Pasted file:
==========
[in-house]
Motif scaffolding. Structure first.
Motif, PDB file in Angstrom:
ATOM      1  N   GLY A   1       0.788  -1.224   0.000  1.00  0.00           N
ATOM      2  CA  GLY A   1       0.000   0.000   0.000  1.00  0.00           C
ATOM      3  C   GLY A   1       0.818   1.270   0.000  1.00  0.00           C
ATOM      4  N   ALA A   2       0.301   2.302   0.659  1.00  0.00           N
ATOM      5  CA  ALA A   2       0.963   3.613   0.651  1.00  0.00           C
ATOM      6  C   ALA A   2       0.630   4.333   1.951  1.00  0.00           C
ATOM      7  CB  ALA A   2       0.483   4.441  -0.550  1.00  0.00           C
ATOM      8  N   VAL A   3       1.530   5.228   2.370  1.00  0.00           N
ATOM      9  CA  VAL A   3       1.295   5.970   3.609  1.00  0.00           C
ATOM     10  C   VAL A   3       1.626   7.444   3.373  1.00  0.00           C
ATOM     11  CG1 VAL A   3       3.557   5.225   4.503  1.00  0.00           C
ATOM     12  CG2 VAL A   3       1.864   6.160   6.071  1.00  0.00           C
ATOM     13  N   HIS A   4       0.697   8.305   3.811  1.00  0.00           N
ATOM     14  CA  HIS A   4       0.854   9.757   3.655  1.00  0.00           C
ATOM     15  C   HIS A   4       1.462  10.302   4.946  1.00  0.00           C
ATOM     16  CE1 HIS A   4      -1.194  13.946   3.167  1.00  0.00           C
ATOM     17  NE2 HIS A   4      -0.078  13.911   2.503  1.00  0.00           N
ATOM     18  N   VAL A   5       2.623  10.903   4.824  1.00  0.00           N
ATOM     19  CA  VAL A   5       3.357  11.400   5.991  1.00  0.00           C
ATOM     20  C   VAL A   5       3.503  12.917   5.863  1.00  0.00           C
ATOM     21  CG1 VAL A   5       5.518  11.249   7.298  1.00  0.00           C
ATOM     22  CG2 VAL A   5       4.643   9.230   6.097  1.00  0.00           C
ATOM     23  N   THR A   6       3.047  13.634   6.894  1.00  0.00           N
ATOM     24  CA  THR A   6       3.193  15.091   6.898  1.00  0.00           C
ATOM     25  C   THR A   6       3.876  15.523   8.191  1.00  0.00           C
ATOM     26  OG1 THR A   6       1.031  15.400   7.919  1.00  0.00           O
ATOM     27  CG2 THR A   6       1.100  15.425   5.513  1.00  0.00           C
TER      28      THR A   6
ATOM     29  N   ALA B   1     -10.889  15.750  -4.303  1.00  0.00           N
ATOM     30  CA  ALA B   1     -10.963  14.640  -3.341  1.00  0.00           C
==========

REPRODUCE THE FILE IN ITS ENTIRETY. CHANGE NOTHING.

[in-house]
Motif scaffolding. Structure first.
Motif, PDB file in Angstrom:
ATOM      1  N   GLY A   1       0.788  -1.224   0.000  1.00  0.00           N
ATOM      2  CA  GLY A   1       0.000   0.000   0.000  1.00  0.00           C
ATOM      3  C   GLY A   1       0.818   1.270   0.000  1.00  0.00           C
ATOM      4  N   ALA A   2       0.301   2.302   0.659  1.00  0.00           N
ATOM      5  CA  ALA A   2       0.963   3.613   0.651  1.00  0.00           C
ATOM      6  C   ALA A   2       0.630   4.333   1.951  1.00  0.00           C
ATOM      7  CB  ALA A   2       0.483   4.441  -0.550  1.00  0.00           C
ATOM      8  N   VAL A   3       1.530   5.228   2.370  1.00  0.00           N
ATOM      9  CA  VAL A   3       1.295   5.970   3.609  1.00  0.00           C
ATOM     10  C   VAL A   3       1.626   7.444   3.373  1.00  0.00           C
ATOM     11  CG1 VAL A   3       3.557   5.225   4.503  1.00  0.00           C
ATOM     12  CG2 VAL A   3       1.864   6.160   6.071  1.00  0.00           C
ATOM     13  N   HIS A   4       0.697   8.305   3.811  1.00  0.00           N
ATOM     14  CA  HIS A   4       0.854   9.757   3.655  1.00  0.00           C
ATOM     15  C   HIS A   4       1.462  10.302   4.946  1.00  0.00           C
ATOM     16  CE1 HIS A   4      -1.194  13.946   3.167  1.00  0.00           C
ATOM     17  NE2 HIS A   4      -0.078  13.911   2.503  1.00  0.00           N
ATOM     18  N   VAL A   5       2.623  10.903   4.824  1.00  0.00           N
ATOM     19  CA  VAL A   5       3.357  11.400   5.991  1.00  0.00           C
ATOM     20  C   VAL A   5       3.503  12.917   5.863  1.00  0.00           C
ATOM     21  CG1 VAL A   5       5.518  11.249   7.298  1.00  0.00           C
ATOM     22  CG2 VAL A   5       4.643   9.230   6.097  1.00  0.00           C
ATOM     23  N   THR A   6       3.047  13.634   6.894  1.00  0.00           N
ATOM     24  CA  THR A   6       3.193  15.091   6.898  1.00  0.00           C
ATOM     25  C   THR A   6       3.876  15.523   8.191  1.00  0.00           C
ATOM     26  OG1 THR A   6       1.031  15.400   7.919  1.00  0.00           O
ATOM     27  CG2 THR A   6       1.100  15.425   5.513  1.00  0.00           C
TER      28      THR A   6
ATOM     29  N   ALA B   1     -10.889  15.750  -4.303  1.00  0.00           N
ATOM     30  CA  ALA B   1     -10.963  14.640  -3.341  1.00  0.00           C